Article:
AB1349 The effect of biological therapy on work participation in ankylosing spondylitis patients: A systematic review

1Department of Internal Medicine, Division of Rheumatology, Maastricht University Medical Centre, Maastricht, The Netherlands.
Annals of the rheumatic diseases (Impact Factor: 10.38). 09/2012; 71(12). DOI: 10.1136/annrheumdis-2012-201914
Source: PubMed


To review systematically the effect of biological treatment in patients with ankylosing spondylitis (AS) on three work outcomes: work status, absence from paid work and at-work productivity.

A systematic literature search was performed (Pubmed, Embase, Cochrane Library) to identify relevant articles. Risk of bias of included studies was assessed using the Cochrane guidelines for cohorts and randomised controlled trials (RCTs). Data were extracted using a self-composed data extraction form. Owing to extensive interstudy heterogeneity, narrative summaries were used to present the data.

Nine studies were included (six uncontrolled cohorts, one population-controlled cohort and two RCTs) that reported on 39 comparisons. Overall, 961 patients were treated with three different tumour necrosis factor α inhibitors (etanercept, infliximab, adalimumab). For presenteeism and absence from work, most comparisons showed improvement in favour of biological agents, but not all comparisons were statistically significant and they usually concerned before-after analyses. For work status, changes were less often positive, but studies dealt with patients with longstanding AS, lacked power and had a relatively short follow-up.

Although trends towards beneficial effects of biological agents in longstanding AS were seen on all work outcomes, the methodological limitations in the studies included hampers clear conclusions. Since the majority of studies were (extensions of) controlled trials, the generalisability of the effect of biological agents on work participation in real life should be further studied in larger (population-controlled) studies. The effect of biological agents in patients with early disease has not yet been examined.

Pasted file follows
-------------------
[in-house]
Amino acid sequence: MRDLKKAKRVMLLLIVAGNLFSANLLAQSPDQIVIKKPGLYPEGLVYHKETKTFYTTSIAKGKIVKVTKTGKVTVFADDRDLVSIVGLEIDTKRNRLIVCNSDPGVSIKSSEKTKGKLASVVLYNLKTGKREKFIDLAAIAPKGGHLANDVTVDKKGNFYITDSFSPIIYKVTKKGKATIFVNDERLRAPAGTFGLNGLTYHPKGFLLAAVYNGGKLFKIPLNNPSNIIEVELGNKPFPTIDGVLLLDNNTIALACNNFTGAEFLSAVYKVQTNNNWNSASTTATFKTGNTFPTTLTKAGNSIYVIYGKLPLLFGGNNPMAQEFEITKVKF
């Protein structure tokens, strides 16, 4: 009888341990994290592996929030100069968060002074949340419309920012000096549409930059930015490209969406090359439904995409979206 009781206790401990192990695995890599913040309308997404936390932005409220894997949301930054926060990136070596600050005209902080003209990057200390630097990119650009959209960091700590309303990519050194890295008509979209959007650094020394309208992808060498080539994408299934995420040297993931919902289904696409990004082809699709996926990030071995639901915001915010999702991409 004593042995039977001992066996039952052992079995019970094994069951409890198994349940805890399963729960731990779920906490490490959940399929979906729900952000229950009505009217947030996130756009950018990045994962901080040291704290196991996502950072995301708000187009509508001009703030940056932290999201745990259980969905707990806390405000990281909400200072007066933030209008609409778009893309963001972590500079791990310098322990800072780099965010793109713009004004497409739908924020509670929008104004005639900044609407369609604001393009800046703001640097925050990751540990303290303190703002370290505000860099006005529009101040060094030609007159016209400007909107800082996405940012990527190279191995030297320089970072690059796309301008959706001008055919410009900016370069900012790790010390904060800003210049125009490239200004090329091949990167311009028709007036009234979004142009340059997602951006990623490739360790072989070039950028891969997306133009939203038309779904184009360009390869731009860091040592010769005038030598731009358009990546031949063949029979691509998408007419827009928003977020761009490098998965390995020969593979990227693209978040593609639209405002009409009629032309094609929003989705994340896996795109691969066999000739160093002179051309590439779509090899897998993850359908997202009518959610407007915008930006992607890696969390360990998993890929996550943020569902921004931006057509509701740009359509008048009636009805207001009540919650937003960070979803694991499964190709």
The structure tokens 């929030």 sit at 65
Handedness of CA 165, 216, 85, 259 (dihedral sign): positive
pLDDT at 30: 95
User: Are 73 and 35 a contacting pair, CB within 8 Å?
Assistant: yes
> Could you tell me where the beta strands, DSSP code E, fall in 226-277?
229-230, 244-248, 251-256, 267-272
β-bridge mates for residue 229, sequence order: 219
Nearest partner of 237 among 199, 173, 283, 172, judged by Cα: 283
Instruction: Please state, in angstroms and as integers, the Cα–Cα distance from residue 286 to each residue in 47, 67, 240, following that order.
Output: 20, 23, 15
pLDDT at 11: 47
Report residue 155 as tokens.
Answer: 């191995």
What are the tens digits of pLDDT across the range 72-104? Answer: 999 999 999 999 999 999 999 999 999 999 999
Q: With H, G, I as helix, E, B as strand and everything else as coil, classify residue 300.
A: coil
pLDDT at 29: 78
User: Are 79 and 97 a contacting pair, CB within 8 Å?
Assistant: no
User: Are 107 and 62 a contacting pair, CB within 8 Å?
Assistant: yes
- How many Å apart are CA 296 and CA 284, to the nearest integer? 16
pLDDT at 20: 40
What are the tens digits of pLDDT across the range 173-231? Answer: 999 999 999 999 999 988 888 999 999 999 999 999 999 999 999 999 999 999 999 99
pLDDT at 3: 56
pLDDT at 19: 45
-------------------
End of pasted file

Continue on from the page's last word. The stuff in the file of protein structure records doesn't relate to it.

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    ABSTRACT: To date, anti-tumor necrosis factor alfa (anti-TNF-α) therapy is the only alternative to nonsteroidal anti-inflammatory drugs for the treatment of ankylosing spondylitis. Etanercept is a soluble TNF receptor, with a mode of action and pharmacokinetics different to those of antibodies and distinctive efficacy and safety. Etanercept has demonstrated efficacy in the treatment of ankylosing spondylitis, with or without radiographic sacroiliitis, and other manifestations of the disease, including peripheral arthritis, enthesitis, and psoriasis. Etanercept is not efficacious in inflammatory bowel disease, and its efficacy in the treatment of uveitis appears to be lower than that of other anti-TNF drugs. Studies of etanercept confirmed regression of bone edema on magnetic resonance imaging of the spine and sacroiliac joint, but failed to reduce radiographic progression, as do the other anti-TNF drugs. It seems that a proportion of patients remain in disease remission when the etanercept dose is reduced or administration intervals are extended. Etanercept is generally well tolerated with an acceptable safety profile in the treatment of ankylosing spondylitis. The most common adverse effect of etanercept treatment is injection site reactions, which are generally self-limiting. Reactivation of tuberculosis, reactivation of hepatitis B virus infection, congestive heart failure, demyelinating neurologic disorders, hematologic disorders like aplastic anemia and pancytopenia, vasculitis, immunogenicity, and exacerbation or induction of psoriasis are class effects of all the anti-TNF drugs, and have been seen in patients with ankylosing spondylitis. However, etanercept is less likely to induce reactivation of tuberculosis than the other anti-TNF drugs and it has been suggested that etanercept might be less immunogenic, especially in ankylosing spondylitis. Acute uveitis, Crohn's disease, and sarcoidosis are other adverse events that have been rarely associated with etanercept therapy in patients with ankylosing spondylitis.